How much I’d struggle to get my kid to sleep, and then stay asleep, at least, without me physically holding them or being within two inches of them. How their eating could take up so much of my daily bandwidth. Seriously, who hates watermelon?
And how hard it is to see them ill, even if it’s just the sniffles from a cold. A sick child is my kryptonite. I think that’s pretty much universal for all parents.
But their feelings, well, I think that’s been the hardest of all.
At some point in their little life, you realize that you’re not parenting robots. It comes earlier for some parents than others, like when you figure out that you just can’t grab an operations manual to figure out why your 3-month old refuses to nap. Or screams through a mommy and me music class looking like they are being held against their will.
They’re humans, not droids, which is ultimately awesome, but terribly challenging when you too are human with your own set of emotions, many of which are directly tied to how your own offsprings’ emotions and yeah, that’s just a whole lot of feelings.
If you’ve lived for any time on this earth, no matter what your experience was with your own parents, you know that feelings are hard, especially the negative ones, like sadness, anger and fear. And if you never learned how to deal with those feelings yourself, well, experiencing them second hand when your kids inevitably have them just makes things extremely complicated.
I was taught to avoid most of the negative feelings because if I had them — the sadness, the anger, the fear — I was punished or yelled at. Nothing really good ever came of them, and so I just avoided them all together, never learned how to properly manage them.
I coped by not allowing myself to experience them. That meant ensuring I was never in a situation where that happened. And if I was, well, I’d just ignore them, or remove myself from them. Not surprisingly, I could fly off the handle in a pretty massive and destructive way.
And when it came to happy feelings, I was scared to let myself have them for fear that they would somehow be ruined.
So now we all have kids and we’re not just still learning to navigate our own feelings (not just me, right?) but we’re learning to navigate our kids’ feelings too, and if having our own level of anger, fear, and sadness is tough, the experience of watching our kids go through it is probably that much harder.
It’s no wonder my own parents and so many of our parents didn’t help us deal with our own. Watching your child feel sadness about losing a game, or allowing them to be angry at you for throwing away their favorite macaroni necklace creation is not easy.
And so we brush it aside and we tell them “Cheer up!” and we punish them for being pissed off because it’s uncomfortable. Sometimes even painful. Especially when they’re angry at you.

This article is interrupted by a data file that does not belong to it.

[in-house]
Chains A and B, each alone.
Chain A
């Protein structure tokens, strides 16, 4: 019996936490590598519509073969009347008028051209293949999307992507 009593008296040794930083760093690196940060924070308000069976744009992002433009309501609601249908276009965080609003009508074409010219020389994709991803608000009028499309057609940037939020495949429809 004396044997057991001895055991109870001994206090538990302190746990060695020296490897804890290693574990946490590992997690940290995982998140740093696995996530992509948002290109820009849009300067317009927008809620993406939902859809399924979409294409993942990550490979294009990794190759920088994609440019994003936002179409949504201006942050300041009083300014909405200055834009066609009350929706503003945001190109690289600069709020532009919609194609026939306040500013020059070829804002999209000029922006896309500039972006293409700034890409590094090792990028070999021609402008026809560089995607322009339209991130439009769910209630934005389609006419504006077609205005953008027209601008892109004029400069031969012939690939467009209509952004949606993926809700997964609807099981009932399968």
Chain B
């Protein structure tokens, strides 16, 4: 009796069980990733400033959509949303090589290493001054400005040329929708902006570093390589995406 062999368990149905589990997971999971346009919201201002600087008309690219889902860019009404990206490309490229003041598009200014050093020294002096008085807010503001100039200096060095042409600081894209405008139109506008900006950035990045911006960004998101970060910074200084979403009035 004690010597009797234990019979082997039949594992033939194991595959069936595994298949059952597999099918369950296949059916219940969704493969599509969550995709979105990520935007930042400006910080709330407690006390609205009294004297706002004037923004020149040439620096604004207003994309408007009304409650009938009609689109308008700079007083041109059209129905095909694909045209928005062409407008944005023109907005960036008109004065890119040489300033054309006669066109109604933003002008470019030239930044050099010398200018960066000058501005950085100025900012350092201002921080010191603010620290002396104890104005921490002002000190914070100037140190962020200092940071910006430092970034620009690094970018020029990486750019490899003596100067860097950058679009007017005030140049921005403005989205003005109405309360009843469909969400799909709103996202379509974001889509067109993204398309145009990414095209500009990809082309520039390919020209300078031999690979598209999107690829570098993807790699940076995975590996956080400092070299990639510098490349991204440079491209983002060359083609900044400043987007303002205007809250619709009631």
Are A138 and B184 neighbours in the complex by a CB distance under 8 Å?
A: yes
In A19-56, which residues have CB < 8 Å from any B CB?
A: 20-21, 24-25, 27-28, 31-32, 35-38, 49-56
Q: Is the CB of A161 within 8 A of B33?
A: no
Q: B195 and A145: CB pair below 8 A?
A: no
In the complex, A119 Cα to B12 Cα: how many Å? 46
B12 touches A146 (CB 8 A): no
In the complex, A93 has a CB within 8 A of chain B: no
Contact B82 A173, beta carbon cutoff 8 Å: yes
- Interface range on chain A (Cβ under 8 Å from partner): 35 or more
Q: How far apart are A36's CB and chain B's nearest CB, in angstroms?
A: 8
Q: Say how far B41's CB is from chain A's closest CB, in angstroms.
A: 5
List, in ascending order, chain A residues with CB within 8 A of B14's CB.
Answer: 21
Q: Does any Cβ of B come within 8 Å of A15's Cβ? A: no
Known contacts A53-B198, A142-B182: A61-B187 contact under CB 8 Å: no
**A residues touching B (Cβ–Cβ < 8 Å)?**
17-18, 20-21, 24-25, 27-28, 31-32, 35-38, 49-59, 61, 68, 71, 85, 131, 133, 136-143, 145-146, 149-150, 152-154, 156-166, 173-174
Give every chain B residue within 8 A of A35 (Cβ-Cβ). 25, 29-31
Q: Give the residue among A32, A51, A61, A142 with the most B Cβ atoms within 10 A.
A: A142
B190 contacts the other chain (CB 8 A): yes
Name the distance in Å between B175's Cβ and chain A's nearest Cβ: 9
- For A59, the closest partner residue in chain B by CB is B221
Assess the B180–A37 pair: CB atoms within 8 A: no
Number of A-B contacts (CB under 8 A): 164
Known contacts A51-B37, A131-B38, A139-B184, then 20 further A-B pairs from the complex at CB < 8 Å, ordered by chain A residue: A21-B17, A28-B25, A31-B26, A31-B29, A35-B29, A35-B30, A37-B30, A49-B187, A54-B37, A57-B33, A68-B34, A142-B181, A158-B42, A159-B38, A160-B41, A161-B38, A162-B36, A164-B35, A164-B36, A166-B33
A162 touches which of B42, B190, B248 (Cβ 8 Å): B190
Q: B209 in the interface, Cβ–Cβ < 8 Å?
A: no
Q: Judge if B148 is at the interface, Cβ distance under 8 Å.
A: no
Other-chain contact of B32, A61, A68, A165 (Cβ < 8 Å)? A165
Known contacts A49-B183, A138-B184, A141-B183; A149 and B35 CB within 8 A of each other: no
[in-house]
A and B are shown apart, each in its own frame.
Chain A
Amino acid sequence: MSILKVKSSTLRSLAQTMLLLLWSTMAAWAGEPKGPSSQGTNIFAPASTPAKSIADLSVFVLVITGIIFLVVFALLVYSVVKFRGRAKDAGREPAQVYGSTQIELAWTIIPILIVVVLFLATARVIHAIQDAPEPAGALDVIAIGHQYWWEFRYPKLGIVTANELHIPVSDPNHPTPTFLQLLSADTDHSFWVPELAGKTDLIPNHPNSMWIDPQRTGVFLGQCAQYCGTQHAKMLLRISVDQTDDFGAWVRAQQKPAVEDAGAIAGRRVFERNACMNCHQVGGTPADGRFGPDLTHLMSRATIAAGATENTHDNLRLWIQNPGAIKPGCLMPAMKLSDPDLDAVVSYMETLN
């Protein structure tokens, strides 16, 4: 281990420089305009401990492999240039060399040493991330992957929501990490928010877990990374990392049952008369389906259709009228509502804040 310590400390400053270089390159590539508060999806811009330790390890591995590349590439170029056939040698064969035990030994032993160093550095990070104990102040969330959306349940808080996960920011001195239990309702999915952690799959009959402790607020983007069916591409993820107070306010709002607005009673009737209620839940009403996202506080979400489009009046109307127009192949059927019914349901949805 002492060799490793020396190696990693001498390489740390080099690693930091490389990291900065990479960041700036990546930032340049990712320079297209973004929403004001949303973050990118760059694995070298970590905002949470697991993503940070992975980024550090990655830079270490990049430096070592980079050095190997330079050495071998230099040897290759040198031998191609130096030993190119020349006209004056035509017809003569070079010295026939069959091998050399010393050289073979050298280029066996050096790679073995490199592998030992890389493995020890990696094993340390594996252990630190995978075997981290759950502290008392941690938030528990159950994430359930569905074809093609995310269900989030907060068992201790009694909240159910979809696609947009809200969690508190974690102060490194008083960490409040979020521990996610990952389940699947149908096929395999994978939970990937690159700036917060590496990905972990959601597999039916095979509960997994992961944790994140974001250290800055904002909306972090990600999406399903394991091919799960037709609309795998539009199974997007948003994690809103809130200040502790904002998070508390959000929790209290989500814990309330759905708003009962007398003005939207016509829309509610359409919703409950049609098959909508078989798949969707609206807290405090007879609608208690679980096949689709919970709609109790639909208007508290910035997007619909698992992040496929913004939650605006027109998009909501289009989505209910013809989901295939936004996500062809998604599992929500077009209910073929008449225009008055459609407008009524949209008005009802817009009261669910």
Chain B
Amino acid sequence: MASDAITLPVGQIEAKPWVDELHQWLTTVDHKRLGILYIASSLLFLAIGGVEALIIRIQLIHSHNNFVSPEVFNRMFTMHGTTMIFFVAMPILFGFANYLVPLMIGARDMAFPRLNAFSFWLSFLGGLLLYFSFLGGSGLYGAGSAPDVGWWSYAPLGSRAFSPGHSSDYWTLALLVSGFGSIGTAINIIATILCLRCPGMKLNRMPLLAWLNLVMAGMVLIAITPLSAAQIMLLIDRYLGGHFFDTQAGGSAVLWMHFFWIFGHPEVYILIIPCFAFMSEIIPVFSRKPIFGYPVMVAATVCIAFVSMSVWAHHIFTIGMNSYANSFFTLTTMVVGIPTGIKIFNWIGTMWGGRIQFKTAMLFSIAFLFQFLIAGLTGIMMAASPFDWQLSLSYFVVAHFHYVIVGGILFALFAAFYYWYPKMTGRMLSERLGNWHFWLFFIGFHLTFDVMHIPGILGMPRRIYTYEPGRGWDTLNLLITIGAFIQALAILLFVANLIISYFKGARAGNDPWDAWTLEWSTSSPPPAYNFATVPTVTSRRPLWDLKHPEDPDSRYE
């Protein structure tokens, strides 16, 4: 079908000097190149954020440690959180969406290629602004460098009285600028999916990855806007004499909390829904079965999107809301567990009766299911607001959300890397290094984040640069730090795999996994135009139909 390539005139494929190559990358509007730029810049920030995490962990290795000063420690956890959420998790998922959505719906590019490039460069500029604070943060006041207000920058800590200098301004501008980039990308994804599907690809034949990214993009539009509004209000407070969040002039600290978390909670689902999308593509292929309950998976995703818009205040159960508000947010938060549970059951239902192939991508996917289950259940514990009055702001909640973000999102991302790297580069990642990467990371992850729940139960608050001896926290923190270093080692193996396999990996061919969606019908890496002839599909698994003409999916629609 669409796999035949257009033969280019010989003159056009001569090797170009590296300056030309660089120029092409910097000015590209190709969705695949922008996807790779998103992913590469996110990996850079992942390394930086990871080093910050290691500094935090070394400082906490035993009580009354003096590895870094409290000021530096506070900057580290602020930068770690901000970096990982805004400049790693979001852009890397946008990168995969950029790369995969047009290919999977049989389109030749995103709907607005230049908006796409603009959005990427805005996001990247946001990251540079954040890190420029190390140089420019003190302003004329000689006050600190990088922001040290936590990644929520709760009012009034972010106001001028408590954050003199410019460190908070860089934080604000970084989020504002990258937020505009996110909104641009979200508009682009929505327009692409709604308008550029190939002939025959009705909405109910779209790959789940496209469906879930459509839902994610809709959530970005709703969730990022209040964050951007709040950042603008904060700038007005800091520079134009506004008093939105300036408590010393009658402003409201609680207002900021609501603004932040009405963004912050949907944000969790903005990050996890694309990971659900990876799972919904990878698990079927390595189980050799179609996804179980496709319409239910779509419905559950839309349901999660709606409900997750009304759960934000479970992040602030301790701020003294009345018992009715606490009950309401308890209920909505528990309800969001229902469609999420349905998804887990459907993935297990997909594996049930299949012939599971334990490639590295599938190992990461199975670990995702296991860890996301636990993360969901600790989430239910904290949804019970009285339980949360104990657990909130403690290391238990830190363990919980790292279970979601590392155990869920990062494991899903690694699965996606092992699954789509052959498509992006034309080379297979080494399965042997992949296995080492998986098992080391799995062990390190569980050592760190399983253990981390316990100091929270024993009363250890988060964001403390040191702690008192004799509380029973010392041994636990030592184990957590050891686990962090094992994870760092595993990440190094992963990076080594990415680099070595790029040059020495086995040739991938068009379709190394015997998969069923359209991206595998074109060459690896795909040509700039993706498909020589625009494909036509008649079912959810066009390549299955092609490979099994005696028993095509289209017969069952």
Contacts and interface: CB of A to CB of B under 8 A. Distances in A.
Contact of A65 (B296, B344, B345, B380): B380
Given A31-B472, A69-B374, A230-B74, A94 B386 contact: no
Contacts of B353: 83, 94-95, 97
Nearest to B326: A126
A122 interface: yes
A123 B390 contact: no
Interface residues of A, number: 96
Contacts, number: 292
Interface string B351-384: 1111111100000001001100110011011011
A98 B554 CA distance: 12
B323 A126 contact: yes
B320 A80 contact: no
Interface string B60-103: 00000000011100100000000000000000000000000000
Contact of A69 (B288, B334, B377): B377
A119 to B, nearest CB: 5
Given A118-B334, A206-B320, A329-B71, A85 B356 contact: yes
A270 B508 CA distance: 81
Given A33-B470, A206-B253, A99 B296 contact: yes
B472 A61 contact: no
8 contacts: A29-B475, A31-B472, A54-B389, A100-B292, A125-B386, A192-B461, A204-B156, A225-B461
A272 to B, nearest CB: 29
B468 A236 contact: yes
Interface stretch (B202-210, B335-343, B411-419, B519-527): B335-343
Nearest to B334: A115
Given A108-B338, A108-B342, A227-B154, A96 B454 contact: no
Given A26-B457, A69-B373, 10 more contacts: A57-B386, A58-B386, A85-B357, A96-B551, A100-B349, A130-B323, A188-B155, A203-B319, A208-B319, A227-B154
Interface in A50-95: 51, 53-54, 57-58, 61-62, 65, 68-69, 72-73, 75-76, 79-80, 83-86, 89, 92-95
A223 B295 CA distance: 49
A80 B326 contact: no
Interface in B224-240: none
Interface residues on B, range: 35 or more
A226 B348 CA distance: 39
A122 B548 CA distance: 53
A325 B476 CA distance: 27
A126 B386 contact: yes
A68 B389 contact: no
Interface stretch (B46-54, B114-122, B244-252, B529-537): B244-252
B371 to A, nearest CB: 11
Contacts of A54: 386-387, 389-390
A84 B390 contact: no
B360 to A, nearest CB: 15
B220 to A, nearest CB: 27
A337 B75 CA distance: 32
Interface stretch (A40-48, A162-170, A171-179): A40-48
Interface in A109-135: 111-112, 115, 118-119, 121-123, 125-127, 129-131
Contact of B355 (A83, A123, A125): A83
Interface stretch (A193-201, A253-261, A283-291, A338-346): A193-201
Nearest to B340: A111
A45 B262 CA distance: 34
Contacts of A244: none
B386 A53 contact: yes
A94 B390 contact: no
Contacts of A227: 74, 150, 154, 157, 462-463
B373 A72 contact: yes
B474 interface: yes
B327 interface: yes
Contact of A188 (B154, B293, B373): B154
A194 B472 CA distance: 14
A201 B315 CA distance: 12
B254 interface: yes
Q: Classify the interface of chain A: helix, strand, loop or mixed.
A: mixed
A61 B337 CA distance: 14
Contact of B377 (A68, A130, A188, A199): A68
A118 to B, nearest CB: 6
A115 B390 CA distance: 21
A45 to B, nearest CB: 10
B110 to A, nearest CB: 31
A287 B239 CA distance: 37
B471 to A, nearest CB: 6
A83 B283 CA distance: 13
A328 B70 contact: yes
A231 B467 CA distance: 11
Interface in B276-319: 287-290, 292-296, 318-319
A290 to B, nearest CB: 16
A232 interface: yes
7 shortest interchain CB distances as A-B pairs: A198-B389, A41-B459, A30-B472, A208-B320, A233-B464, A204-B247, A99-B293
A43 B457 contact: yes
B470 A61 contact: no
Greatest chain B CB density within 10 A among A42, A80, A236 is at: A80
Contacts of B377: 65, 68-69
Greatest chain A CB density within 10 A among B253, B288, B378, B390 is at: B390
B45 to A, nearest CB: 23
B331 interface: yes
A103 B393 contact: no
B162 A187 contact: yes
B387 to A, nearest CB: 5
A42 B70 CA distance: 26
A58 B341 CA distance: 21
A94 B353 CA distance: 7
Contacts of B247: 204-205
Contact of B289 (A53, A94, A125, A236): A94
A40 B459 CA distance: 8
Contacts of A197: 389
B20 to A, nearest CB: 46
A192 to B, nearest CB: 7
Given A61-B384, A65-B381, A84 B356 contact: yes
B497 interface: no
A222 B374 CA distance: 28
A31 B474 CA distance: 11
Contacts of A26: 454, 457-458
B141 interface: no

But I’m telling you right now that you’re doing your child a great disservice by not allowing them to have those feelings. By not giving them the safe place, a veritable container in which to just have them, you’re telling them that those feelings are not okay.
And you’re not giving them any help in knowing what the heck to do with them because those feelings will happen. They will be sad and angry and disappointed. Sometimes even with you.
So here’s what you can do instead:
1. Acknowledge the feelings. Give them the words that they can’t yet come up with on your own, like:
“That must have been so frustrating to lose that game by just one point!”
“I would be sad about my friend moving away too.”
This applies to if they’re mad at you too.
“I totally get that you’re mad at me right now. I probably would feel that way too.”
2. If they’re lashing out at you, tell them what’s cool and what’s not.
“Saying ‘I HATE YOU’ doesn’t help solve the problem. You can be angry at me, but you need to tell me what you’re angry about.”
“I hear that you’re really upset with me. When you’re ready to talk about it with me, come back and we’ll figure it out.”
And if they’re just lashing out in general, same rules apply.
“I know you’re really angry about having to do homework but throwing your books is not cool. Go take a breather in your room and then come talk to me when you’re ready.”
3. Admit when you’re wrong. And apologize. Model the behavior you want to see if your kids.
“I got really upset with you and I’m sorry.”
“I was having a bad day and I let it get the better of me. I apologize.”
If it was someone else that was wrong, help them process and problem solve.
“It’s a bummer when someone is mean to you at school. What can you do next time?”
You’ll be amazed at how effective just simply acknowledging the feelings and your own humanity (theirs too) can be, not just in the moment itself and a few minutes (or hours) later. But as they get older and are going to have to deal with these feelings on a regular basis.
The message for our kids needs to be that they will be sad and angry. They’ll be happy too! This wonderful life is full of lots of different feelings. And lucky them. They’ve got parents who are ready and able to listen and provide them with a safe place to experience those feelings. And to show them how to cope.